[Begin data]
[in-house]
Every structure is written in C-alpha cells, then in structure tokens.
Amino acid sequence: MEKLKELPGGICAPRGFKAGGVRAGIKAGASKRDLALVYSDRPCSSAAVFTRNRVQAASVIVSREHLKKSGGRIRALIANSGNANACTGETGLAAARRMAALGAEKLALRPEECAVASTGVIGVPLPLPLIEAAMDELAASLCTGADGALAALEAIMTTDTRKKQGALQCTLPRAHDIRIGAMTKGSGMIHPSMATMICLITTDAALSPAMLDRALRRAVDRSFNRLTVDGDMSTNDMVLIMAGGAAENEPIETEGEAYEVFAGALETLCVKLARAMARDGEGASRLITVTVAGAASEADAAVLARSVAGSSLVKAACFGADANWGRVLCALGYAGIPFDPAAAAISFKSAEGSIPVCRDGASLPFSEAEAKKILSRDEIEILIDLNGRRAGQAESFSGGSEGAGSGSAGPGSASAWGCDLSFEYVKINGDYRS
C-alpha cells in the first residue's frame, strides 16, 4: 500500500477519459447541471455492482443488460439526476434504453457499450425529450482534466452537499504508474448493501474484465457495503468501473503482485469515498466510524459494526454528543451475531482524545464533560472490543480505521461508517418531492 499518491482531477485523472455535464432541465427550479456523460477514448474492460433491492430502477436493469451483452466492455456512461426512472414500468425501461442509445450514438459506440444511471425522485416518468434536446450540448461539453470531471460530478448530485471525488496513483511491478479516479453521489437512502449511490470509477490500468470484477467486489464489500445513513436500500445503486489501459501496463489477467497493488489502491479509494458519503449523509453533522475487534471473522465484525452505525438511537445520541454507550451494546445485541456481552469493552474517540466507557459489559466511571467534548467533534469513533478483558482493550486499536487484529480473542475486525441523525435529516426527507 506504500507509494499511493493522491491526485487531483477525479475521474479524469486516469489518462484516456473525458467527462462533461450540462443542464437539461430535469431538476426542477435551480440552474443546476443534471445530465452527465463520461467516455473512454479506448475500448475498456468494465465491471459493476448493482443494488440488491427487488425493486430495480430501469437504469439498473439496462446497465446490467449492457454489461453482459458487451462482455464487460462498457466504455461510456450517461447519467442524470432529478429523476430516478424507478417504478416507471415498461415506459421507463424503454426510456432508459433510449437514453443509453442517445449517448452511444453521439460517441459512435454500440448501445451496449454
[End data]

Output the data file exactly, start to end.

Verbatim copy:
[in-house]
Every structure is written in C-alpha cells, then in structure tokens.
Amino acid sequence: MEKLKELPGGICAPRGFKAGGVRAGIKAGASKRDLALVYSDRPCSSAAVFTRNRVQAASVIVSREHLKKSGGRIRALIANSGNANACTGETGLAAARRMAALGAEKLALRPEECAVASTGVIGVPLPLPLIEAAMDELAASLCTGADGALAALEAIMTTDTRKKQGALQCTLPRAHDIRIGAMTKGSGMIHPSMATMICLITTDAALSPAMLDRALRRAVDRSFNRLTVDGDMSTNDMVLIMAGGAAENEPIETEGEAYEVFAGALETLCVKLARAMARDGEGASRLITVTVAGAASEADAAVLARSVAGSSLVKAACFGADANWGRVLCALGYAGIPFDPAAAAISFKSAEGSIPVCRDGASLPFSEAEAKKILSRDEIEILIDLNGRRAGQAESFSGGSEGAGSGSAGPGSASAWGCDLSFEYVKINGDYRS
C-alpha cells in the first residue's frame, strides 16, 4: 500500500477519459447541471455492482443488460439526476434504453457499450425529450482534466452537499504508474448493501474484465457495503468501473503482485469515498466510524459494526454528543451475531482524545464533560472490543480505521461508517418531492 499518491482531477485523472455535464432541465427550479456523460477514448474492460433491492430502477436493469451483452466492455456512461426512472414500468425501461442509445450514438459506440444511471425522485416518468434536446450540448461539453470531471460530478448530485471525488496513483511491478479516479453521489437512502449511490470509477490500468470484477467486489464489500445513513436500500445503486489501459501496463489477467497493488489502491479509494458519503449523509453533522475487534471473522465484525452505525438511537445520541454507550451494546445485541456481552469493552474517540466507557459489559466511571467534548467533534469513533478483558482493550486499536487484529480473542475486525441523525435529516426527507 506504500507509494499511493493522491491526485487531483477525479475521474479524469486516469489518462484516456473525458467527462462533461450540462443542464437539461430535469431538476426542477435551480440552474443546476443534471445530465452527465463520461467516455473512454479506448475500448475498456468494465465491471459493476448493482443494488440488491427487488425493486430495480430501469437504469439498473439496462446497465446490467449492457454489461453482459458487451462482455464487460462498457466504455461510456450517461447519467442524470432529478429523476430516478424507478417504478416507471415498461415506459421507463424503454426510456432508459433510449437514453443509453442517445449517448452511444453521439460517441459512435454500440448501445451496449454